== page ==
241 total views
Lancaster took three five man teams down to Nottingham for the inaugural English universities pool championships; the firsts and seconds were comprised of some of the best male players on campus, with the thirds being comprised of five of the best female players available.
In the singles tournament the ladies, Alice Sunderland, Emily Clarke, Maria Madin, Laura Christie and Jennie Grayson all received rather unfavourable draws seeing all five leave the tournament courtesy of 3-0 losses. Richard Floyd was the only Lancaster player to receive a bye in the first round, before an uncharacteristic 3-1 loss in the second round. Reece Dizenzo stepped up magnificently on his University pool debut to grind out a 3-2 win in the first round versus a University of East Anglia firsts player, before crashing out in the second round 3-1.
Ben Gill and Jimmy Cinquemani were surprise first round victims, losing 3-1 and 3-2 respectively. Cinquemani was unfortunate to lose from a 2-1 lead; but his opponent was on top form. Nick O’Malley won his first round match 3-0 versus Kent 1sts captain, hardly giving his opponent a shot, before losing to a Nottingham second team player in the next round.
Rob Wiggans won his first round match 3-2 before crashing out 3-0 in the second round. Danny Worthington arguably Lancaster’s player of the tournament played magnificently in his opening two matches, cruising into the last 32 with two 3-0 wins. Lee Osborne also made his way into the third round, with two very comfortable yet extremely tactical 3-0 wins. Graeme Gibson followed suit with two 3-1 wins against East Anglia and Manchester opponents respectively. Jeremy Clifford was the fourth and final Lancaster player to make the last 32; winning 3-0 before a rather scrappy 3-2 win to seal his place in the third round.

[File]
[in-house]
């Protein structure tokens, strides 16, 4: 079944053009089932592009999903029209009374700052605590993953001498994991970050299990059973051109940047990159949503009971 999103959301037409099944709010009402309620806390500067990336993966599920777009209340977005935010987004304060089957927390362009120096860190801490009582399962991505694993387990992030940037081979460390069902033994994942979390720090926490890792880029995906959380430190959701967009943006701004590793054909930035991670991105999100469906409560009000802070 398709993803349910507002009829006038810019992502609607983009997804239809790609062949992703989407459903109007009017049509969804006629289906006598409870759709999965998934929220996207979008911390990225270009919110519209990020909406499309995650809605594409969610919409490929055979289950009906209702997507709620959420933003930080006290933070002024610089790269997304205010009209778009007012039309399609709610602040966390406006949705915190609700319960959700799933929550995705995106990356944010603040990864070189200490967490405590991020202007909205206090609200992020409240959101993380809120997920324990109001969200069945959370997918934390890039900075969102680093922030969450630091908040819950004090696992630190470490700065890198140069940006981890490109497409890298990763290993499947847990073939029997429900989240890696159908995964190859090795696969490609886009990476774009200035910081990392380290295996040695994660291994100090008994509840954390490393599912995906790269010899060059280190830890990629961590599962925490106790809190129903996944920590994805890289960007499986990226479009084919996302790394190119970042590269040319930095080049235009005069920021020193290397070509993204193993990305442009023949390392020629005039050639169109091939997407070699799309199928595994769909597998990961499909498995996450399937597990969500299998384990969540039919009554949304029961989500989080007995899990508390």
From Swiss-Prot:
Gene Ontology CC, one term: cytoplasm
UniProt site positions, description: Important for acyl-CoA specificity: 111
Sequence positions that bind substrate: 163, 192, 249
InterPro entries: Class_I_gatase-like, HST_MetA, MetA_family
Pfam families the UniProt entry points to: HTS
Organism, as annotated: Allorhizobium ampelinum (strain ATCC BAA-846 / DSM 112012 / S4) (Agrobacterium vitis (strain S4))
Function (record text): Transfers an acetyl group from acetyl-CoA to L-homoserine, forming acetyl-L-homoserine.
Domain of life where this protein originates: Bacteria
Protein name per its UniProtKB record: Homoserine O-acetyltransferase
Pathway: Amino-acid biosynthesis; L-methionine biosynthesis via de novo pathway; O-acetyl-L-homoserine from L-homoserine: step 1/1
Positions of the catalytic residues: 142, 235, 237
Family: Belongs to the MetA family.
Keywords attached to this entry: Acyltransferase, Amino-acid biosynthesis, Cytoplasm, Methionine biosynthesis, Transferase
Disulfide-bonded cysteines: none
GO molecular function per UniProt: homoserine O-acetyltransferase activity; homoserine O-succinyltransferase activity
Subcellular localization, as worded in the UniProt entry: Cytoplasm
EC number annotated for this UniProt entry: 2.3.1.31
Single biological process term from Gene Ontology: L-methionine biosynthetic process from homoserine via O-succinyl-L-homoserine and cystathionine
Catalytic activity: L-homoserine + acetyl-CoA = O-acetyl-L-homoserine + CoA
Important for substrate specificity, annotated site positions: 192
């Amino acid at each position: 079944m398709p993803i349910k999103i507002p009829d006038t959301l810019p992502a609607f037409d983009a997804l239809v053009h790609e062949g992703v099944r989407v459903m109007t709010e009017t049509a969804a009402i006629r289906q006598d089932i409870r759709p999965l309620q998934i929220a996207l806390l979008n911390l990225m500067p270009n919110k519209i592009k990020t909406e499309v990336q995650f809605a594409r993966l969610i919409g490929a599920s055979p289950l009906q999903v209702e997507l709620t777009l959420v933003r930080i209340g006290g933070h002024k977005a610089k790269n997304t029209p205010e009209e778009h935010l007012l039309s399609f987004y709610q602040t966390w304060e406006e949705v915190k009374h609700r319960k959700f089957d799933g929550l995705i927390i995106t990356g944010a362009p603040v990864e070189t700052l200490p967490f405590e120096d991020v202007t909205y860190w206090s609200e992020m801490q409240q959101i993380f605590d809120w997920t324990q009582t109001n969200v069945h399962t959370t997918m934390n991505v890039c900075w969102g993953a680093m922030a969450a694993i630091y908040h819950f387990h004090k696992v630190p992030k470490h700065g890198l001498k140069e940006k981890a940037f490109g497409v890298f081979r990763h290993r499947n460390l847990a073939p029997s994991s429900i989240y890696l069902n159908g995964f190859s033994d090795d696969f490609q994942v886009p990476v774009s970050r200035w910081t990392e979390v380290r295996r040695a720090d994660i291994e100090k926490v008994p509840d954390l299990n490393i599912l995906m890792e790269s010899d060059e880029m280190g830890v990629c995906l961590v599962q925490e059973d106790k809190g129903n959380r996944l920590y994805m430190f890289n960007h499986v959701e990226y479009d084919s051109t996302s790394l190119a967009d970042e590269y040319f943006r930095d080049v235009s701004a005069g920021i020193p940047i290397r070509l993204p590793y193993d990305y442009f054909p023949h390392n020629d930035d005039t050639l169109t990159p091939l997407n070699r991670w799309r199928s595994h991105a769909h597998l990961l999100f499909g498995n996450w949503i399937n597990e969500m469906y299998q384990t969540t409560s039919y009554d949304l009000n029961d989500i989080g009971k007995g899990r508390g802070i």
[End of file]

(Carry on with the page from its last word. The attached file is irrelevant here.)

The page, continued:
However, this was as good as it got for Lancaster with all four players crashing out in the round of 32. Osborne was outplayed by a semi-finalist from Nottingham 1sts losing 3-1. Clifford and Gibson both lost 3-1 to very good players. The tie of the round from a Lancaster perspective was Worthington versus Mike Walsh of York University, who represents England at 9-ball pool and Snooker.
Worthington put up a marvellous effort, narrowly missing out on the last 16. He took a 1-0 lead before losing the second game by default, after potting the black, but also potting his opponents red. Worthington took a 2-1 lead after a total clearance in the third game. Walsh stepped up his game to a professional standard in the fourth game, as with six colours and a black remaining Worthington did not return to the table once in the best of five games match. Walsh playing numerous outstanding developmental shots in the fourth game to clear up all seven balls, before clearing up from the break in the fifth game, leaving Worthington dumbfounded.
The team event